Most of Lennon Legend: The Very Best of John Lennon appears in an aspect ratio of 1.33:1 on this single-sided, double-layered DVD; due to those dimensions, the image has not been enhanced for 16X9 televisions. The one exception came from “Just Like Starting Over”, which offered a 1.78:1 ratio. Given the very broad range of source materials, one couldn’t expect great visuals from Legend, and indeed the image seemed problematic.
As with all else seen here, sharpness varied. For the most part, the shots looked acceptably accurate but not tremendously well defined. The videos usually demonstrated reasonable definition, but quite a lot of variation occurred, and more than a few rather soft shots occurred. Occasional examples of jagged edges and shimmering appeared, and I also saw some moderate edge enhancement on occasion.
Not surprisingly, source flaws created many concerns. These varied from clip to clip but included varying levels of grain, specks, hairs, grit, spots, lines, and marks. None of these surprised me, but they definitely distracted at times.
Also unsurprisingly, colors varied considerably. Actually, the hues didn’t change that much, as they mostly seemed fairly flat and lifeless. Not a lot of vivacity appeared here, as the tones consistently looked mild and bland. Black levels seemed similarly erratic but tended toward somewhat inky tones and didn’t display much density. Shadows didn’t pop up often and seemed decent when they occurred. Ultimately, none of the visuals of Lennon Legend should surprise anyone, as no one could expect stellar picture quality from a project of this sort.
On the other hand, the audio fared quite well. Lennon Legend featured both Dolby Digital 5.1 and DTS 5.1 soundtracks. I noticed no differences between the two, as they seemed virtually identical.
That was fine with me, since both sounded very good. The songs opened up the normal stereo soundfield nicely much of the time. The tracks never went absolutely nuts, and they usually stayed with reasonably faithful stereo imaging. Main vocals stayed well centered, while instruments spread naturally and distinctively across the spectrum. Delineation seemed clean and tight.
Surround usage varied from song to song but seemed engaging. Some songs – like “Whatever Gets You Thru the Night” – stayed surprisingly stuck in the front; given that track’s sonic busyness, I expected it to spread more actively to the rear. Other numbers did that, however, and worked nicely. For example, “Instant Karma” moved some piano and handclaps to the rear, while “#9 Dream” presented the song’s surreal insert vocals in the surrounds. These elements worked naturally and smoothly to create an effective soundfield.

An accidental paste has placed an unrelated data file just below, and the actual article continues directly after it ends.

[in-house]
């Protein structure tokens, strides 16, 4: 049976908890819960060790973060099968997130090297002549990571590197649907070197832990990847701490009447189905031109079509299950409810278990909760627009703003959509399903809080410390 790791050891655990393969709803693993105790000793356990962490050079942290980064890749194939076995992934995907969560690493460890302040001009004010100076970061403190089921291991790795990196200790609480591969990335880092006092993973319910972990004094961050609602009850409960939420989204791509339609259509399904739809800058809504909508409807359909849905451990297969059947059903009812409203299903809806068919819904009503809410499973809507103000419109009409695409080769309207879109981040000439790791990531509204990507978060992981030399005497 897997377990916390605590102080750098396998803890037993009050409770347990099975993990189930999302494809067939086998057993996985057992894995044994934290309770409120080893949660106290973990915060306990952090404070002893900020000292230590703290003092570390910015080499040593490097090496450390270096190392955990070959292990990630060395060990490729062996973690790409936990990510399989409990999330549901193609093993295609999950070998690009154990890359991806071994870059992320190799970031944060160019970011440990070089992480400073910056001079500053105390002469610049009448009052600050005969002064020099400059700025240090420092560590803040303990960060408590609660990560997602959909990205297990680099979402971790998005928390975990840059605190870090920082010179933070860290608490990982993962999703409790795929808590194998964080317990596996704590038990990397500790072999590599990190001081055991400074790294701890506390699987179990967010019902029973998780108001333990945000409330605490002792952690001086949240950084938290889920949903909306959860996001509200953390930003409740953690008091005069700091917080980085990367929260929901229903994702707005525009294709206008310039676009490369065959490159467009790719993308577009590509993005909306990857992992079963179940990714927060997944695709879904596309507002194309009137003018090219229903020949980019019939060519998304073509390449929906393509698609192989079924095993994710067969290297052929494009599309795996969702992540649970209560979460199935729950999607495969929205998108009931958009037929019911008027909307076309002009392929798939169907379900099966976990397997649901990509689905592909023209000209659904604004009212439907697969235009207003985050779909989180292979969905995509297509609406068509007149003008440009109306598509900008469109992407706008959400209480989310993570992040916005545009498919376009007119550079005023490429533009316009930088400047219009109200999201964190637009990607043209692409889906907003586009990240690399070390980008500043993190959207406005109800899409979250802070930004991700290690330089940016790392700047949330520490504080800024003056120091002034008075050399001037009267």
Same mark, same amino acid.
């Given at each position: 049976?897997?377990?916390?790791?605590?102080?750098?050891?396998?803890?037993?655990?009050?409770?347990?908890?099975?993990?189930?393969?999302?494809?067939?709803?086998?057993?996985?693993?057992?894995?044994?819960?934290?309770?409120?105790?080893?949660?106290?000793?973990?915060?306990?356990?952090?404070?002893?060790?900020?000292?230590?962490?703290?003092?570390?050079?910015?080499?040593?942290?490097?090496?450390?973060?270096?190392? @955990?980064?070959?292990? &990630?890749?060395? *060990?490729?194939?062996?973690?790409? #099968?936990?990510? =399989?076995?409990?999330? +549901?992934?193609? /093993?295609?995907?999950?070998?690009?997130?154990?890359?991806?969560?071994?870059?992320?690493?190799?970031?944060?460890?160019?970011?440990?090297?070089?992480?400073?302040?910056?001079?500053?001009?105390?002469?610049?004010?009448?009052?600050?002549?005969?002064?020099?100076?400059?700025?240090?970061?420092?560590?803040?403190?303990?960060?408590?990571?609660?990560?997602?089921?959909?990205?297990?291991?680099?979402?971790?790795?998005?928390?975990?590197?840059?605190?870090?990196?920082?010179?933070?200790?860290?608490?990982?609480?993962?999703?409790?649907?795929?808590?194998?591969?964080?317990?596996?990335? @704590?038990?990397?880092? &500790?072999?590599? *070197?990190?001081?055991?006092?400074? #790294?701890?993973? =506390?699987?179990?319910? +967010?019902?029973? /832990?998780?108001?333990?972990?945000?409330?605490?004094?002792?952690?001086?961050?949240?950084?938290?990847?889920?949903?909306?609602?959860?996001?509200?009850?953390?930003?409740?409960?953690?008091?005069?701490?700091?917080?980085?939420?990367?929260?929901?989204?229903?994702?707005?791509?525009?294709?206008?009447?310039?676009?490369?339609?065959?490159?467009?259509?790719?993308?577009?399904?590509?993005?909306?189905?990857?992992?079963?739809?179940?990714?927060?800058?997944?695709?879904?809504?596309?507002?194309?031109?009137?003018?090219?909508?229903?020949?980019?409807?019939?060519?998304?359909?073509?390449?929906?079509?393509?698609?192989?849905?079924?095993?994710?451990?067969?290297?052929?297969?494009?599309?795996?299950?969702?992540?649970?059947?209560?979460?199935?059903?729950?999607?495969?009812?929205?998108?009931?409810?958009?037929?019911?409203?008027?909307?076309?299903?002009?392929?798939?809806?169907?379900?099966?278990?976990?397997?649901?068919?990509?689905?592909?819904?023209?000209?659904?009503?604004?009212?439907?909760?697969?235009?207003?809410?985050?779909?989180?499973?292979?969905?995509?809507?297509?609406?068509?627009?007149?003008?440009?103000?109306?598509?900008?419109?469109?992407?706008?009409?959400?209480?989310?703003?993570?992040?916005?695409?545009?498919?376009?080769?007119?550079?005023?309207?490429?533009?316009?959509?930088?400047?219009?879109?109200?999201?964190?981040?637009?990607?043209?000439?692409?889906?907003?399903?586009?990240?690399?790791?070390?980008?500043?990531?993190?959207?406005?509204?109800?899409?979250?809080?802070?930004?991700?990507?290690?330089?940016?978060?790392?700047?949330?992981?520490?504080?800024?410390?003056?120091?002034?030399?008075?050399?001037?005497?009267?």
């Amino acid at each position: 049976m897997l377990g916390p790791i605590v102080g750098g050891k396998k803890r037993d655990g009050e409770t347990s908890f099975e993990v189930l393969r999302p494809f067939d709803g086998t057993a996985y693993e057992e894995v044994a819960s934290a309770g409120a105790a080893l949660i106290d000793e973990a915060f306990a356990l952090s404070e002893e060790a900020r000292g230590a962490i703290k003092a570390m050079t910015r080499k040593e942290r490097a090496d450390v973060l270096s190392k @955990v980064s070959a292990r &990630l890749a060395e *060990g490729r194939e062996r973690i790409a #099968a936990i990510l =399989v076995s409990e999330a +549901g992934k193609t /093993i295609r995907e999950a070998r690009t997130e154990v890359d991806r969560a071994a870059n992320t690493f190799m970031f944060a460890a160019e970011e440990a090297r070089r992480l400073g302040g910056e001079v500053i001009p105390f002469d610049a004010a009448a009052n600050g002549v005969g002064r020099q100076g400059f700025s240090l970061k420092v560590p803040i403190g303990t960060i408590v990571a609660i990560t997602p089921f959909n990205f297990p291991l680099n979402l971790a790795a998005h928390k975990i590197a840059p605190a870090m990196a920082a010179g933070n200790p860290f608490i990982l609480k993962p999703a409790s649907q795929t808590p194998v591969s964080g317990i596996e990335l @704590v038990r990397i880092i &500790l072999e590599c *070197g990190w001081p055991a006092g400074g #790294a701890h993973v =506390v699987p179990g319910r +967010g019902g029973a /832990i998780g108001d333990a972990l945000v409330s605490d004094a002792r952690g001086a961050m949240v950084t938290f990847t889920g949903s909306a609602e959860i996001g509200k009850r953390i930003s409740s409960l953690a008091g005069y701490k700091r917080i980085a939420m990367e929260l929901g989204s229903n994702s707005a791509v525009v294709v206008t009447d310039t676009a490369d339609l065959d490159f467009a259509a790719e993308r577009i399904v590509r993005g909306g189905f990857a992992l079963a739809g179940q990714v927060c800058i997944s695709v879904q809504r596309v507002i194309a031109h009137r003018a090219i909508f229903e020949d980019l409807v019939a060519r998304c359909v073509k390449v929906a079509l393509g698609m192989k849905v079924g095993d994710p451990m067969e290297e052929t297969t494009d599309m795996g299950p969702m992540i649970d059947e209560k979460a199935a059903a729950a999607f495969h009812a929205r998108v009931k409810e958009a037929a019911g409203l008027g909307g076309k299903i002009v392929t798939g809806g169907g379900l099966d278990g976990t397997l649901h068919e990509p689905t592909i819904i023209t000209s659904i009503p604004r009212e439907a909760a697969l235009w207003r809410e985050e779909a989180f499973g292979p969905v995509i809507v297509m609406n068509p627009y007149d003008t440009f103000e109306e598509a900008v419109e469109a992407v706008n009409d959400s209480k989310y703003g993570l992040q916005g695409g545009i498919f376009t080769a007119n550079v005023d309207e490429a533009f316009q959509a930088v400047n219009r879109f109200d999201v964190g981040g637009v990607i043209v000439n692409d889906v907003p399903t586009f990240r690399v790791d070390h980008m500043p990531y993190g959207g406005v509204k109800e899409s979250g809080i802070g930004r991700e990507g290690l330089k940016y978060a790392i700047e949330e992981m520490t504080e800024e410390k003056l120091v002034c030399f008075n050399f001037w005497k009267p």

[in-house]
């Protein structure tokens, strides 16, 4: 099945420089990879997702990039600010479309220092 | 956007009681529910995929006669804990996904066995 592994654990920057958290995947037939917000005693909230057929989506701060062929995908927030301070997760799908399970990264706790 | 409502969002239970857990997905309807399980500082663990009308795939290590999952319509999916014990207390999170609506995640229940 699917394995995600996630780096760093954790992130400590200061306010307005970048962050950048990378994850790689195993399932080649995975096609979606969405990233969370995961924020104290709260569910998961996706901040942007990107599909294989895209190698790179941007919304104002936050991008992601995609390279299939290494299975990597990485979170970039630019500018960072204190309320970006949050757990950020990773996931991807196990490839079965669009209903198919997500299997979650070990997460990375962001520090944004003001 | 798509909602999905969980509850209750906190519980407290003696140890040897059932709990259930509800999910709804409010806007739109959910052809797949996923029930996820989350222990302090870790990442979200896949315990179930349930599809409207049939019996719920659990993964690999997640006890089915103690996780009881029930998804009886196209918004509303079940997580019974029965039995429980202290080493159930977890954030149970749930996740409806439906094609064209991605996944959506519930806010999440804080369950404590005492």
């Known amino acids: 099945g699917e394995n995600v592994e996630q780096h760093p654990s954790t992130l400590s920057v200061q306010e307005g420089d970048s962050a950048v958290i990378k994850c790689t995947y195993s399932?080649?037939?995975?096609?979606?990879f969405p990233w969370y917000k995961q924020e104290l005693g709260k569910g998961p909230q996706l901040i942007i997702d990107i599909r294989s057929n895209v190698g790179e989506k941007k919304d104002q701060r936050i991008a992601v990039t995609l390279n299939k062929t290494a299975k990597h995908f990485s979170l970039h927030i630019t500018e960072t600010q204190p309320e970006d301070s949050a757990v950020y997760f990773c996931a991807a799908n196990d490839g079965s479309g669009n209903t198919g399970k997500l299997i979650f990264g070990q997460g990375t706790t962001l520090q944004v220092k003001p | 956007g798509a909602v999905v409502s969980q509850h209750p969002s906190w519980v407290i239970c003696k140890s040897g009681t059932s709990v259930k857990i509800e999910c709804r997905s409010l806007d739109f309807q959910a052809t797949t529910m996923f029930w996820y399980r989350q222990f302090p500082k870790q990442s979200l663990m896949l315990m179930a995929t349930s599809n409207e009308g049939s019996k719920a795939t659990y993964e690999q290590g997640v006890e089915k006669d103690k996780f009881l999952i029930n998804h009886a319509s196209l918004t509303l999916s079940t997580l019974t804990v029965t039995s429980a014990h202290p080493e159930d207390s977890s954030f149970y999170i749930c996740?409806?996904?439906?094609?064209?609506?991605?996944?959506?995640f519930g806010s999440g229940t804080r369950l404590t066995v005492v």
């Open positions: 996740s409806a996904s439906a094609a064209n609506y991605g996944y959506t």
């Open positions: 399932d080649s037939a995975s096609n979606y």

Audio quality depended on the source to a degree but seemed generally excellent. Any distortion to vocals emanated from the original recordings. For example, “Instant Karma” always was rough, and that quality remained here. For the most part, though, Lennon’s singing was concise and natural. Instruments seemed cleanly depicted and nicely detailed.
Highs came across as clear and bright, while bass response often seemed surprisingly rich. A few tracks like “Whatever Gets You Thru the Night” sounded a little thin, but others took on life I’d not previously heard. “Stand By Me” demonstrated a depth and clarity I didn’t recall from prior murkier editions, and the usually thin “Mind Games” was quite warm and inviting. I’ll leave to others to debate if this mucked with the original production intentions; the answer’s likely “yes”, but I won’t worry about that here. Suffice it to say that Lennon Legend consistently sounded very strong.
The DVD includes a mix of extras. We open with an alternate video for Working Class Hero. This provides the version of the song heard on the 1998 John Lennon Anthology compilation along with occasional Lennon soundbites. We also get a general montage of Lennon clips, old photos, and a few of his cartoons appear as well. It’s not a very interesting piece.
Next we get a rarity for this set: a clip that actually looks like a real music video. Shot for the 1975 Rock ‘n’ Roll album, Slippin’ and Slidin’ shows a mimed performance in the studio from John and band. It’s not the same as a true live clip, but it’s fun to watch John play for the camera, and it’s a highlight of this package.
Apparently John’s final true live performance, Imagine comes from an April 18, 1975 “Salute to Lew Grade” concert. Lennon strums an acoustic guitar and sings with band accompaniment. Though he plays to a seemingly disinterested crowd and doesn’t produce a great performance, this piece stands as a very cool artifact and marks one of this set’s best moments.
A brief and odd clip, Hair Piece comes across as a kind of weird public service announcement. John and Yoko tell us to stay in bed and grow our hair for peace. It didn’t work, but it’s an interesting bit to see.
Another short and strange piece, Everybody Had a Hard Year shows John and Yoko in a garden. They sing what would become part of “I’ve Got a Feeling” as he picks the melody to “Julia” on the guitar. It’s a curiosity, but an interesting one.
20 short Animations appear. These feature the well-known Lennon style of simple cartoon, and they last a total of 90 seconds. These didn’t do much for me. Finally, the Gallery displays a running montage of Lennon photos. These come accompanied by an instrumental version of “Imagine”. It’s a decent collection that lasts three minutes.
Though not without its moments, I must regard Lennon Legend as a disappointment. Occasional gems appear, but mostly we just get one fairly monotonous video montage after another. Picture quality displays many flaws due to the source material, but the audio sounded quite good. The extras include some fine elements as well; in fact, the supplements presented a few of the set’s highlights. Despite those, Legend remains best suited to Lennon die-hards.